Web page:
You might be surprised that there is absolutely nothing - nada, zippo, zilch - the NHL can do about a team tanking its season. There is not a single league by-law that mandates roster quality in any way, shape or form. And there is nothing the league can do to veto any trade if that deal is made within the confines of the salary cap.
“So if the Toronto Maple Leafs want to trade their three best players for a bag of pucks,” said one NHL GM, “as long as those pucks are standard size and the team is salary cap compliant, there’s nothing the league can do.”
The league mandates a certain number of players with NHL experience must play in each pre-season game, presumably to maintain some sense of quality competition for the fans, but strangely has no such rules in place for the regular season. If a team wants to finish in the bottom of the standings and serve up sub-standard hockey to its paying fans, the league has no power to stand in its way.
Which brings us to the Leafs and what is expected to be a flurry of trades exchanging NHL-caliber players for picks and prospects – and perhaps a little bit of highly paid junk – in the coming week. The Leafs got off to a roaring start by trading defenseman Roman Polak and winger Nick Spaling to the San Jose Sharks for second-rounders in 2017 and ’18 and the expiring contract of Raffi Torres, a player currently in the minors. There will be a number of more to come. P.A. Parenteau is currently packing boxes as we speak.
There’s little doubt that from a future perspective, the deal with San Jose is a steal for the Leafs. Anyone who thought teams would shy away from overpaying for rental players down the stretch was surprised to see the Leafs got so much for these two veterans. The deal gives the Leafs three second-rounders in 2017 and two in 2018, a total that is sure to be enhanced over the next couple of days.
But the Leafs, already the second-worst team in the league, indeed got even worse for the final 25 games of the season. And it will get worse as they auction off more of their players in the coming week. The Leafs have not forgotten they’ve still got a quarter of the season to go, they just don’t really care to pick up many more points. In fact, the fewer, the better.
“It’s bullsh--,” the GM said. “It drives me nuts.”
There has to be a better way of doing this. The lottery helps a little, but it hasn’t stopped the Edmonton Oilers from stocking a ridiculously high number of top picks without improving. Your trusty correspondent has long advocated the implementation of a rule that does not allow a team a top-three pick in successive seasons and no more than three in five consecutive seasons.
But according to our GM, there might be another way. He advocates counting the number of points each team receives from the day after it is mathematically eliminated from the playoff race. Teams eliminated early would still have the best shot of going into the lottery as the No. 1-ranked team, but they’d have to win those games instead of lose them in order to keep their spot. It’s an interesting concept. “You sure wouldn’t see these guys making trades like this if they still had to win games,” the GM said.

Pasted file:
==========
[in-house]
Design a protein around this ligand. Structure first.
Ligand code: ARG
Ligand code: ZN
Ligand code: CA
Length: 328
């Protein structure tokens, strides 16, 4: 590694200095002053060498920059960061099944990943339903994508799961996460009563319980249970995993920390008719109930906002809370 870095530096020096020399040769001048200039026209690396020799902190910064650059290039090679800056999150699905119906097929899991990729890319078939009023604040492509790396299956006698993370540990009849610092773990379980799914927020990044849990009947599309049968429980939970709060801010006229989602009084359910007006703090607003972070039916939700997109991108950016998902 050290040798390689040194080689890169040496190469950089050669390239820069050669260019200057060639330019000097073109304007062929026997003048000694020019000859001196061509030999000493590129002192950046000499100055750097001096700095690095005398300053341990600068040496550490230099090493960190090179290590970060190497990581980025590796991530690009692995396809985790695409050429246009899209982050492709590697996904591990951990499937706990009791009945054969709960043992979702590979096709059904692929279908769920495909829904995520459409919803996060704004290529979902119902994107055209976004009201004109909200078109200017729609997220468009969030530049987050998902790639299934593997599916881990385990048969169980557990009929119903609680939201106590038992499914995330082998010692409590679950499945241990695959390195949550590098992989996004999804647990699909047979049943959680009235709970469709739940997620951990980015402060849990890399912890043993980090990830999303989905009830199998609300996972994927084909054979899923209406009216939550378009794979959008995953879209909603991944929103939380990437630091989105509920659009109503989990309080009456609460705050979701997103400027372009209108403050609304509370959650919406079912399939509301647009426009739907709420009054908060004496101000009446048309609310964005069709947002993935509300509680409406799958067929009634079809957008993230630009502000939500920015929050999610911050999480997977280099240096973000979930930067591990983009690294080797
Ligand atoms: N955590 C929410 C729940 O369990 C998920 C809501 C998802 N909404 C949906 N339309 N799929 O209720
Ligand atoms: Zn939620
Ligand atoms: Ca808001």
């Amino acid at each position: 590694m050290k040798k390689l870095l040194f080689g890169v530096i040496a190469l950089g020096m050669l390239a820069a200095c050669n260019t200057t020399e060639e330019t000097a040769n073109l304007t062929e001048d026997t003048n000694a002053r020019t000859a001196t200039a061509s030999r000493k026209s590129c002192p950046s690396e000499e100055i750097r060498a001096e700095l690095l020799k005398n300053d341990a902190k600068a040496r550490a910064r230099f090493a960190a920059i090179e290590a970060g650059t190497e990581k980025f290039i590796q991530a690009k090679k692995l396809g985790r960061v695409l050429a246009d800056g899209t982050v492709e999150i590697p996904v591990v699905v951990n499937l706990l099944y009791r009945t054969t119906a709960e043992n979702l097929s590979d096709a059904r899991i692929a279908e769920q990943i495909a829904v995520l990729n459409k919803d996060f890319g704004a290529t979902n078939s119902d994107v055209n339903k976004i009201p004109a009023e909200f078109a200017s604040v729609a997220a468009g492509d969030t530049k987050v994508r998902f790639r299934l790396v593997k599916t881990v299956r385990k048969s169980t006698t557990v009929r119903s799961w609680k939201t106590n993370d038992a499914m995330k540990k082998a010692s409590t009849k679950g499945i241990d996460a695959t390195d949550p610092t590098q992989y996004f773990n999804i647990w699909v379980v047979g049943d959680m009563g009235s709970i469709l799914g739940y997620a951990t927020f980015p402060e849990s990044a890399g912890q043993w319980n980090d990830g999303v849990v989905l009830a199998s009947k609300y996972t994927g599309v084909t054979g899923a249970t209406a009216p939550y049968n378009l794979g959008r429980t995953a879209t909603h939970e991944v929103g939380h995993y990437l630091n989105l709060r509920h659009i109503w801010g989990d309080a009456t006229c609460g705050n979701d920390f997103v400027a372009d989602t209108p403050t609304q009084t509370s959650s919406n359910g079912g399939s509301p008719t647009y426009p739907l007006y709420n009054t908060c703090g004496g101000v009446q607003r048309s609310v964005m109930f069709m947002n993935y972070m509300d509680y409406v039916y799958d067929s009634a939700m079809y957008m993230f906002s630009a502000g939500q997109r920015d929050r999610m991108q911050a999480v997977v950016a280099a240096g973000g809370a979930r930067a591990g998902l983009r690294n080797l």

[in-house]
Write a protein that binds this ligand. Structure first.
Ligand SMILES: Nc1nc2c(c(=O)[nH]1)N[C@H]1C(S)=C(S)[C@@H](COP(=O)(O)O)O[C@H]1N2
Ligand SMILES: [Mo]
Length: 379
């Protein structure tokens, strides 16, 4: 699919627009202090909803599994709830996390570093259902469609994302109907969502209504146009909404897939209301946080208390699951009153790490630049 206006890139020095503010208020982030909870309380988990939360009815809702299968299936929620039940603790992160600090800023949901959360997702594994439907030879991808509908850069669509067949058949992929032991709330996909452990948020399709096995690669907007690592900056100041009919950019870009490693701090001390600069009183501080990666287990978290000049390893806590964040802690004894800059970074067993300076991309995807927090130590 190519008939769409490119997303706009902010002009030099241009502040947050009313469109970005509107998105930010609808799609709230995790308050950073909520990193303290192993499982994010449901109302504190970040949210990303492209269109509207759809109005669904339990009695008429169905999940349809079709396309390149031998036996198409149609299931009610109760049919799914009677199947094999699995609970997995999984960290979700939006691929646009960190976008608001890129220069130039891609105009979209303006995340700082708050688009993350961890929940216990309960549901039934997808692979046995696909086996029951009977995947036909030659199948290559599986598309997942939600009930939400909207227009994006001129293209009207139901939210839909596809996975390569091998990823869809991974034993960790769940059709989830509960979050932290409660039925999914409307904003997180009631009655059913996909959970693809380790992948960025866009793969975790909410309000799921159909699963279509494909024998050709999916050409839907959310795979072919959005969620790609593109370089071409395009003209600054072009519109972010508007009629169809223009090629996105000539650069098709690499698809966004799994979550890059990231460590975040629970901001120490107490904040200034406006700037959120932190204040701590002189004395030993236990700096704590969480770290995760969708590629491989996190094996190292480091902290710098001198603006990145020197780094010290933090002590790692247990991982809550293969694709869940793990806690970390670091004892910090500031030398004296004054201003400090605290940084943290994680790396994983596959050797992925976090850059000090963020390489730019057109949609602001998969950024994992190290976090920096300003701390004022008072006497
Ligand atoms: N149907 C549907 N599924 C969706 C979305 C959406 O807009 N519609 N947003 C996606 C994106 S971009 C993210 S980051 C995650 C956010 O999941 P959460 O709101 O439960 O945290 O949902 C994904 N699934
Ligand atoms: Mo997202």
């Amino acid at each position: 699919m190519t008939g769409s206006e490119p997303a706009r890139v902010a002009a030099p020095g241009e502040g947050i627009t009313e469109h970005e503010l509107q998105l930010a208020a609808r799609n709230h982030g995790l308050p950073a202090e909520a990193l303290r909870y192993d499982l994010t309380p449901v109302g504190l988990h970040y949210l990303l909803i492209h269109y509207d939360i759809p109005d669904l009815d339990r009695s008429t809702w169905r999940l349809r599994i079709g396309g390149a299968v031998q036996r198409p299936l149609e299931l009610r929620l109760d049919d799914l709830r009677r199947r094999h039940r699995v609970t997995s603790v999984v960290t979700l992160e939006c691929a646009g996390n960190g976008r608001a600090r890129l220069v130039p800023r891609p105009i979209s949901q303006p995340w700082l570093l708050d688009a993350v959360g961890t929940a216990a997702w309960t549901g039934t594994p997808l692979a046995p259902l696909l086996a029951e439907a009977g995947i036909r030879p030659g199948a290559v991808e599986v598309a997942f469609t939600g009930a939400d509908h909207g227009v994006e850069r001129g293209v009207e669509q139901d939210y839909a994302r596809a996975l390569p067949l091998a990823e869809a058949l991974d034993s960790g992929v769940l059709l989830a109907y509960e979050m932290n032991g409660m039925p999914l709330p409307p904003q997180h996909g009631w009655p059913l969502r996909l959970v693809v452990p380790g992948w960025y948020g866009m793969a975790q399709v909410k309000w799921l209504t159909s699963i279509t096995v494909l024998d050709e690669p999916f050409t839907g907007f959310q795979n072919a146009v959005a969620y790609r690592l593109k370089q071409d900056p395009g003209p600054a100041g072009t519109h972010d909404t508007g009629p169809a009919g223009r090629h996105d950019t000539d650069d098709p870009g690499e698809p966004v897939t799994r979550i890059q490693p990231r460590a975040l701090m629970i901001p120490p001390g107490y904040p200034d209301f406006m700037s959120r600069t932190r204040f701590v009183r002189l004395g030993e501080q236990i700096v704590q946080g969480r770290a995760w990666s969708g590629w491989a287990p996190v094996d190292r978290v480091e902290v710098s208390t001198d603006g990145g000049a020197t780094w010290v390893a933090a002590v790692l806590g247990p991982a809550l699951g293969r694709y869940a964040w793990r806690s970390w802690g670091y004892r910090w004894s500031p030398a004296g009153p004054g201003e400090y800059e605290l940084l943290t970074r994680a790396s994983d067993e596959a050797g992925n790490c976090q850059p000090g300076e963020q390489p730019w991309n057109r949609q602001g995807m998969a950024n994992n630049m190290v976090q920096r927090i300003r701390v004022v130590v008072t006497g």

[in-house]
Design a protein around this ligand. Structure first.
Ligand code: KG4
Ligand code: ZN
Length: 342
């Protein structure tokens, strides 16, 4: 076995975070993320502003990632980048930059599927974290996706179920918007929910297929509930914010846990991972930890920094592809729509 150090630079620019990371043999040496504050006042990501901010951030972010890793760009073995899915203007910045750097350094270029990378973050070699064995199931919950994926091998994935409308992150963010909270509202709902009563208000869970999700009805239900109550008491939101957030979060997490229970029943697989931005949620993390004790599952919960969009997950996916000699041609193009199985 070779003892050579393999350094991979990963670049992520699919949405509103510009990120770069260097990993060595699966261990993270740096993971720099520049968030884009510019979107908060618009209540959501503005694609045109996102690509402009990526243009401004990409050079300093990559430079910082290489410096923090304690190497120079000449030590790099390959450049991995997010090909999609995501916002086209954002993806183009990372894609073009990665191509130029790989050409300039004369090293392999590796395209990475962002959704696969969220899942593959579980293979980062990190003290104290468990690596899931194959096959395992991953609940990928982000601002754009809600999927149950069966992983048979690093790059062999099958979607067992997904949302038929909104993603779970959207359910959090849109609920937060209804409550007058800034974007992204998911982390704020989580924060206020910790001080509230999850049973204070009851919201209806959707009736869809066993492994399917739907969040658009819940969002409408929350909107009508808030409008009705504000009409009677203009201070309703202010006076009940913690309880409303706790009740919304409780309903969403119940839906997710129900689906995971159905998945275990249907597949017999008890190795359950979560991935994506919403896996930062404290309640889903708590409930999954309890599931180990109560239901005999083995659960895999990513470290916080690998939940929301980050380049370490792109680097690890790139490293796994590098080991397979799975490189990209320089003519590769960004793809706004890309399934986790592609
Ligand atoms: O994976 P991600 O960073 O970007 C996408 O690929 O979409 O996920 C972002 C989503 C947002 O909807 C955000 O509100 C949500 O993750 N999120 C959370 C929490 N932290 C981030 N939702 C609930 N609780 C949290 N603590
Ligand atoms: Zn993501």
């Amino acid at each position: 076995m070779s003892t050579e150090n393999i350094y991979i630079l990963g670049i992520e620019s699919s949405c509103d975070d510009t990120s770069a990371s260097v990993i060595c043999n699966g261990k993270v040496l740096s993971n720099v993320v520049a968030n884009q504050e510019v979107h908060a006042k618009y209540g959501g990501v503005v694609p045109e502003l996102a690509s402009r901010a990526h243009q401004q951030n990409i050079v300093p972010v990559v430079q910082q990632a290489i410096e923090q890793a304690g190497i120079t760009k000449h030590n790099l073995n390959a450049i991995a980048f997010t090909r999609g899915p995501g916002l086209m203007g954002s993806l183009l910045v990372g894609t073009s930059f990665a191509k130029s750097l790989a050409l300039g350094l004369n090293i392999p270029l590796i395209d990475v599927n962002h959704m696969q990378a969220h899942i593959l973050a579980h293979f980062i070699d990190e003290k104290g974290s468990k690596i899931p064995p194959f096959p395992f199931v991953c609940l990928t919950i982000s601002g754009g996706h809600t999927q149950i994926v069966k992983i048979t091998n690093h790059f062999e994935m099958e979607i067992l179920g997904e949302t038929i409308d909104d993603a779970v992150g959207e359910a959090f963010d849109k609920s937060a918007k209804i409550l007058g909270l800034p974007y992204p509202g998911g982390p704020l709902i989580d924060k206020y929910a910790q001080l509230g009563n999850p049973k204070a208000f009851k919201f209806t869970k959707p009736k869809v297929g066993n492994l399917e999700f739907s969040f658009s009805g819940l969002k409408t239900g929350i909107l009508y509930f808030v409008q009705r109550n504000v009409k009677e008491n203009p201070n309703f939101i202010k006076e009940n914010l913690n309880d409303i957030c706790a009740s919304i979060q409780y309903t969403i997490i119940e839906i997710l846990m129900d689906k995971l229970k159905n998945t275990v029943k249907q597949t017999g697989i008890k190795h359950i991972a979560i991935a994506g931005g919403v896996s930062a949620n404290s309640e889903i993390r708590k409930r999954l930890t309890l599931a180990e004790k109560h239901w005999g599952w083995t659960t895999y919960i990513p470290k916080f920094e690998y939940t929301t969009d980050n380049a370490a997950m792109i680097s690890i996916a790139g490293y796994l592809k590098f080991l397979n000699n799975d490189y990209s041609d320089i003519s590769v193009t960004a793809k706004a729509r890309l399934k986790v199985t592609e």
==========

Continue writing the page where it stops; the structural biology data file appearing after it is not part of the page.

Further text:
So we decided to test it out and see what would have happened last year under a format like that. Here’s what the lottery seeding was last season based on points:
1. Buffalo Sabres
2. Arizona Coyotes
3. Edmonton Oilers
4. Toronto Maple Leafs
5. Carolina Hurricanes
6. New Jersey Devils
7. Philadelphia Flyers
8. Columbus Blue Jackets
9. San Jose Sharks
10. Colorado Avalanche
11. Florida Panthers
12. Dallas Stars
13. Los Angeles Kings
14. Boston Bruins
And here’s how that order would have looked based on points accumulated after the team was mathematically eliminated from the playoffs, along with the date they were eliminated, the number of points they accumulated and the number of spots they moved up or down. (For teams tied in points, the team with the better winning percentage was given the higher lottery seeding):
1. Edmonton Oilers (March 9) - 16 points, up 2 spots
2. Columbus Blue Jackets (April 1) - 11 points, up 6 spots
3. Buffalo Sabres (March 8) - 10 points, down 2 spots
4. Carolina Hurricanes (March 26) - 8 points, up 1 spot
5. Toronto Maple Leafs (March 17) - 7 points, down 1 spot
6. Colorado Avalanche (April 4) – 6 points, up 4 spots
7. Arizona Coyotes (March 12) – 6 points, down 5 spots
8. Philadelphia Flyers (April 2) – 5 points, down 1 spot
9. New Jersey Devils (March 29) – 5 points, down 3 spots
10. Florida Panthers (April 5) – 4 points, up 1 spot
11. Dallas Stars (April 6) – 3 points, up 1 spot
12. Los Angeles Kings (April 9) – 2 points, up 1 spot
13. San Jose Sharks (April 6) – 2 points, down 4 spots
14. Boston Bruins (April 11) – 0 points, same
We decided to go one better. Here’s how that order would have looked based on each team’s winning percentage after being eliminated from the playoffs, along with the number of spots they moved up or down. (For teams tied in winning percentage, the team with more wins was given the higher seeding.) Under this system, teams eliminated early would be under even more pressure to win as many games as possible after being eliminated:
1. Colorado Avalanche – 1.000, up 9 spots
2. Florida Panthers – 1.000, up 9 spots
3. Los Angeles Kings – 1.000, up 10 spots
4. Columbus Blue Jackets - .786, up 4 spots
5. Dallas Stars - .750, up 7 spots
6. Edmonton Oilers - .533, down three spots
7. Philadelphia Flyers - .500, same
8. San Jose Sharks - .500, up 1 spot
9. Carolina Hurricanes - .444, down 4 spots
10. New Jersey Devils - .417, down 4 spots
11. Buffalo Sabres - .313, down 10 spots
12. Toronto Maple Leafs - .269, down 8 spots
13. Arizona Coyotes - .214, down 11 spots
14. Boston Bruins - .000, same